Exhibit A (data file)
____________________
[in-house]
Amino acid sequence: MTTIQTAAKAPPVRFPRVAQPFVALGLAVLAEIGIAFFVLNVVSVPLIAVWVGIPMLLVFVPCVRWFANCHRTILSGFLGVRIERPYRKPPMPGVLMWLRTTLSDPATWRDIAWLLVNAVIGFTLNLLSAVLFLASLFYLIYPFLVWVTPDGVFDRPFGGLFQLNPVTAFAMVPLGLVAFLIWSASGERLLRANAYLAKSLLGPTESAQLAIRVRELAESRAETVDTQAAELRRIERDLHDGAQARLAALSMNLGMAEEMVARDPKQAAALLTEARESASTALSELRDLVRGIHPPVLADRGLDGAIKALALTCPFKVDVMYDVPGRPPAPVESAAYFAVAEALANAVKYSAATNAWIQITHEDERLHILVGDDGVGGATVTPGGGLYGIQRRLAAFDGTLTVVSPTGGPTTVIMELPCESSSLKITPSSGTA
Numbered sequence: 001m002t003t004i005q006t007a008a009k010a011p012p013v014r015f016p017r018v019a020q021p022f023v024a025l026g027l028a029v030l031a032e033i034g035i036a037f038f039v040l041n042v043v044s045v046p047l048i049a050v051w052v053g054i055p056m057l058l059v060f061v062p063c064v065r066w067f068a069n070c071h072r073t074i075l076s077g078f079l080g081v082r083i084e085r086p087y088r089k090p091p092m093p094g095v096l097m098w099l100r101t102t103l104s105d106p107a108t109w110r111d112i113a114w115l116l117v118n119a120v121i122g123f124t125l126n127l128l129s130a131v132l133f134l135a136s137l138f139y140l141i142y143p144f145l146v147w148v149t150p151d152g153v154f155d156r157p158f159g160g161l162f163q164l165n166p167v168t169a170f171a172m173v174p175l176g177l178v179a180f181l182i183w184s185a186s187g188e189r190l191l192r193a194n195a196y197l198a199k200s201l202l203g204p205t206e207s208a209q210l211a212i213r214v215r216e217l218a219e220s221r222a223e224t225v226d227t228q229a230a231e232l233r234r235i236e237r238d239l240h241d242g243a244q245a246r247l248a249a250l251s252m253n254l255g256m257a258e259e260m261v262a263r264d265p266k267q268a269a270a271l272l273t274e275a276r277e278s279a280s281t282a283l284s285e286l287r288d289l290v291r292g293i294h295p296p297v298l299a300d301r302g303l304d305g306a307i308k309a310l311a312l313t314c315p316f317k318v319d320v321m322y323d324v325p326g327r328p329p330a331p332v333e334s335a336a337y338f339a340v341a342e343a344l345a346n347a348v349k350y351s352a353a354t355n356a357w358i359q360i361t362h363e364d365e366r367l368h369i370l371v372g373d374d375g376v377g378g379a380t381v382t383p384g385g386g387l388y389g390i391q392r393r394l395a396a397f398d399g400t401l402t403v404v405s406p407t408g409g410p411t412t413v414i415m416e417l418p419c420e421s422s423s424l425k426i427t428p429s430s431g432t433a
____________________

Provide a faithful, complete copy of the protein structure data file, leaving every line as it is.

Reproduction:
[in-house]
Amino acid sequence: MTTIQTAAKAPPVRFPRVAQPFVALGLAVLAEIGIAFFVLNVVSVPLIAVWVGIPMLLVFVPCVRWFANCHRTILSGFLGVRIERPYRKPPMPGVLMWLRTTLSDPATWRDIAWLLVNAVIGFTLNLLSAVLFLASLFYLIYPFLVWVTPDGVFDRPFGGLFQLNPVTAFAMVPLGLVAFLIWSASGERLLRANAYLAKSLLGPTESAQLAIRVRELAESRAETVDTQAAELRRIERDLHDGAQARLAALSMNLGMAEEMVARDPKQAAALLTEARESASTALSELRDLVRGIHPPVLADRGLDGAIKALALTCPFKVDVMYDVPGRPPAPVESAAYFAVAEALANAVKYSAATNAWIQITHEDERLHILVGDDGVGGATVTPGGGLYGIQRRLAAFDGTLTVVSPTGGPTTVIMELPCESSSLKITPSSGTA
Numbered sequence: 001m002t003t004i005q006t007a008a009k010a011p012p013v014r015f016p017r018v019a020q021p022f023v024a025l026g027l028a029v030l031a032e033i034g035i036a037f038f039v040l041n042v043v044s045v046p047l048i049a050v051w052v053g054i055p056m057l058l059v060f061v062p063c064v065r066w067f068a069n070c071h072r073t074i075l076s077g078f079l080g081v082r083i084e085r086p087y088r089k090p091p092m093p094g095v096l097m098w099l100r101t102t103l104s105d106p107a108t109w110r111d112i113a114w115l116l117v118n119a120v121i122g123f124t125l126n127l128l129s130a131v132l133f134l135a136s137l138f139y140l141i142y143p144f145l146v147w148v149t150p151d152g153v154f155d156r157p158f159g160g161l162f163q164l165n166p167v168t169a170f171a172m173v174p175l176g177l178v179a180f181l182i183w184s185a186s187g188e189r190l191l192r193a194n195a196y197l198a199k200s201l202l203g204p205t206e207s208a209q210l211a212i213r214v215r216e217l218a219e220s221r222a223e224t225v226d227t228q229a230a231e232l233r234r235i236e237r238d239l240h241d242g243a244q245a246r247l248a249a250l251s252m253n254l255g256m257a258e259e260m261v262a263r264d265p266k267q268a269a270a271l272l273t274e275a276r277e278s279a280s281t282a283l284s285e286l287r288d289l290v291r292g293i294h295p296p297v298l299a300d301r302g303l304d305g306a307i308k309a310l311a312l313t314c315p316f317k318v319d320v321m322y323d324v325p326g327r328p329p330a331p332v333e334s335a336a337y338f339a340v341a342e343a344l345a346n347a348v349k350y351s352a353a354t355n356a357w358i359q360i361t362h363e364d365e366r367l368h369i370l371v372g373d374d375g376v377g378g379a380t381v382t383p384g385g386g387l388y389g390i391q392r393r394l395a396a397f398d399g400t401l402t403v404v405s406p407t408g409g410p411t412t413v414i415m416e417l418p419c420e421s422s423s424l425k426i427t428p429s430s431g432t433a